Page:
United States - Flag United States

Please confirm your currency selection:

Bench Talk for Design Engineers

Bench Talk


Bench Talk for Design Engineers | The Official Blog of Mouser Electronics

Journal of a Newbie Maker Colin Carter

I’ll cut right to the chase here: I’m not an engineer. By education, I’m a technical writer. By pastime, I’m a musician, homebrewer, reader, cyclist, record collector, house cleaner, and animal lover. In the past couple of years, I’ve added the mantle of maker. Or tinkerer. Or DIYer. Whatever you want to call it, I built a circuit from a handful of components — and it works! You may remember your first successful build and your sense of accomplishment. Here’s my story.

I didn’t set out to become a maker. For a technical writer, I’m not all that technical. I’m pretty sure I can remember Ohm’s Law, and I can make sense of a schematic, but I’m not very adept at putting those skills to use. At best, I can kludge something together with moderate soldering skill. But being a tech writer is about continually learning new things. So with the encouragement of my EE friends, I decided to step into circuit theory to build something I could actually use: flashing LEDs for my bicycle.

After spending some time with a Forrest Mims III book, I picked the humble 555 timer IC as the brain of my circuit. Eight pins of simplicity that even I could grasp. From there, I asked my EE friends for advice, did a bit of Googling, and arrived at a seemingly well-known circuit using the 555 in astable mode.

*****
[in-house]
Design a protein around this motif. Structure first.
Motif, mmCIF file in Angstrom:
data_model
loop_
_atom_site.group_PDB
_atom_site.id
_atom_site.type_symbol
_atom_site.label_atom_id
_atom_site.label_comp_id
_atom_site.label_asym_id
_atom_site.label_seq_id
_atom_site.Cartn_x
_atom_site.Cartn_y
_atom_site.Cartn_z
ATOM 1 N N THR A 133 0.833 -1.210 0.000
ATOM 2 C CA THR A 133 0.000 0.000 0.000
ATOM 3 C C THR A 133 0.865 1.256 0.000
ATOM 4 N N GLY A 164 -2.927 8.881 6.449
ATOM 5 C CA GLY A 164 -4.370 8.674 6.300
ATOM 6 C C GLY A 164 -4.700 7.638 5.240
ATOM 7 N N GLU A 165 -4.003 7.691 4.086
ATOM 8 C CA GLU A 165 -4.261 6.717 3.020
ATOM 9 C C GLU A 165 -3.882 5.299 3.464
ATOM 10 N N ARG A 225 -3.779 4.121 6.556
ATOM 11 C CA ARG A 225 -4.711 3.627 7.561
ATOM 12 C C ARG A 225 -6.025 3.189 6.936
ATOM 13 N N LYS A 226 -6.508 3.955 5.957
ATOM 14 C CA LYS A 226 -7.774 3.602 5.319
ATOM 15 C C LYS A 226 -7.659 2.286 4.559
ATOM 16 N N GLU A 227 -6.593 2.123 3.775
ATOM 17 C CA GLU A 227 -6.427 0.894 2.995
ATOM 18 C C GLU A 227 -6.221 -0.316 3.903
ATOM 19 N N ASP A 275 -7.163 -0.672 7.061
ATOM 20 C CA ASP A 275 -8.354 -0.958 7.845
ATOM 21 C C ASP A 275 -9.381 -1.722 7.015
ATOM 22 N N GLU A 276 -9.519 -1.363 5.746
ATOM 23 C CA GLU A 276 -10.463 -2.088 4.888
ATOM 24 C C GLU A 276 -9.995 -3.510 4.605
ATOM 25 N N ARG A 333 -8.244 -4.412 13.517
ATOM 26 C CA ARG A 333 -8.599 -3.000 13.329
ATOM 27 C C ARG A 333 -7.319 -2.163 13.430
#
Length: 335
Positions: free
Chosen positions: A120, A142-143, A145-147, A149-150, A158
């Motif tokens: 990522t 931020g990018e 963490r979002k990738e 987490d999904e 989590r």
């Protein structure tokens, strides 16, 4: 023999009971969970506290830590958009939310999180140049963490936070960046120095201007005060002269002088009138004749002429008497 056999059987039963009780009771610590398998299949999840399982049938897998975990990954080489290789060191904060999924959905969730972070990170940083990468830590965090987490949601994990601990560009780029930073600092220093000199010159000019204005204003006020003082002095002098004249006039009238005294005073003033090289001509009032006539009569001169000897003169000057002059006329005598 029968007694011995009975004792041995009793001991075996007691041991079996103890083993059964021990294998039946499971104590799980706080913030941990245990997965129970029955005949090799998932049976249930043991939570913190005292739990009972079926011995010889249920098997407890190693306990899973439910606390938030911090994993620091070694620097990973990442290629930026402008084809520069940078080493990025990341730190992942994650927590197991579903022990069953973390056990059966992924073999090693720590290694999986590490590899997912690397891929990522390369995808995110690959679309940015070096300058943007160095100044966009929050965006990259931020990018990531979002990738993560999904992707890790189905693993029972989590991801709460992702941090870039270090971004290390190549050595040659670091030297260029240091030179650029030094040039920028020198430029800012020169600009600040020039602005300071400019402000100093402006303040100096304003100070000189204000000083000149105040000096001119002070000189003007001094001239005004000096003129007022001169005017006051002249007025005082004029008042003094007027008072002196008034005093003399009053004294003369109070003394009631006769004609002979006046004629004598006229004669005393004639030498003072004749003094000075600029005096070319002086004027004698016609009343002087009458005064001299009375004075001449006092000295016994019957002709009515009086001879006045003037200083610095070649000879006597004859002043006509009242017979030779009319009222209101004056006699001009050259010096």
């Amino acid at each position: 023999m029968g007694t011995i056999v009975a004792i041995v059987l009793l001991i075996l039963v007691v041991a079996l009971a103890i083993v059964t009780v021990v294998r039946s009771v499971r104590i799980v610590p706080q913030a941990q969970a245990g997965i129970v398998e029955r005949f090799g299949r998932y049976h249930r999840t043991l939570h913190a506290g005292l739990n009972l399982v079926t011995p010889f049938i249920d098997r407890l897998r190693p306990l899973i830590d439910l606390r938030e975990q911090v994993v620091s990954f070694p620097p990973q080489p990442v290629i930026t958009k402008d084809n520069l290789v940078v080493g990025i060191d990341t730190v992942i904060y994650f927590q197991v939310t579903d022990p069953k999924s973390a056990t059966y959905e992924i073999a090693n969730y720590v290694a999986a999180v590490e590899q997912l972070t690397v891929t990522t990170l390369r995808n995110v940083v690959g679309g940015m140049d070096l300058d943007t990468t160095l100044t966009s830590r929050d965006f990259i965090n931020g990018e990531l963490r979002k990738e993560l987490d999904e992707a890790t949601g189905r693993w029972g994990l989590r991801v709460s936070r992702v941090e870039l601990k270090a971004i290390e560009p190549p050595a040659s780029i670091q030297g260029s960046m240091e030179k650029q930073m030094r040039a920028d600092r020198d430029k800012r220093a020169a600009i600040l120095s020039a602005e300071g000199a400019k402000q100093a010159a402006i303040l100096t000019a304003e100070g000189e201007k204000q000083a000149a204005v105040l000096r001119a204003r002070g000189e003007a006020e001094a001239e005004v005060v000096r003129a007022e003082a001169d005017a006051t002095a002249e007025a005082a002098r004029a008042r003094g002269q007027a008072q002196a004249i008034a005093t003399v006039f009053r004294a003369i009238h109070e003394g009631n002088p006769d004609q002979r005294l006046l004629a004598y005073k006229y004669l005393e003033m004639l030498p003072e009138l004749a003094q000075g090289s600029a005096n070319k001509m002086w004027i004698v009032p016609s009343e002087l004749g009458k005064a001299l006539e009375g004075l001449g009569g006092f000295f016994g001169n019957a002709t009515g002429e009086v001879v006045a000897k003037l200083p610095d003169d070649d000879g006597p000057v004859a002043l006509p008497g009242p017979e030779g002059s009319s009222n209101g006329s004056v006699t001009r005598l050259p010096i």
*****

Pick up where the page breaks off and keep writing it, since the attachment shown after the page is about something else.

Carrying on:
I breadboarded my components and marveled at the flashing LED in front of me. Success! But not bright enough or fast-blinking enough for my use. I needed more LEDs and a way to control the speed of the blink. I quickly ruled out creating my own LED series. Like I said, I’m not an expert on Ohm’s Law, so I wanted to avoid the math involved with a series of resistors and LEDs. I settled on an LED strip and its accompanying specifications, which did the math for me. I knew I could change out the second resistor to increase the speed, but I had a better idea. Enter the variable resistor.

I replaced a 4.7KΩ resistor with a 50kΩ potentiometer, wired only two terminals to change it to a variable resistor, and plugged the battery back in. Further success! Using my aforementioned moderate soldering skills, I recreated the circuit on a perf board and added an SPST switch. Still amazed that the circuit worked, I placed everything except the LED strip in a project box and started photographing my successful build.


To many Mouser customers, this circuit and my experience may seem naïve. But I’m willing to bet that most of you had a similar “electronics awakening” — that aha moment when you took what you learned and applied it to something you made. Maybe that feeling of accomplishment never goes away, no matter how many successful builds have come off your bench.

Do you remember your first success? Do you still feel that sense of accomplishment? Let us know in the comments.

« Back

Colin is Technical Content Manager at Mouser Electronics. In his off time, he enjoys bicycles, travel, and music. He received a Master of Arts in Technical Communication from the University of North Texas and a Certificate of Completion of Pre-Kindergarten from Morgan Day Care.

All Authors

Show More Show More
View Blogs by Date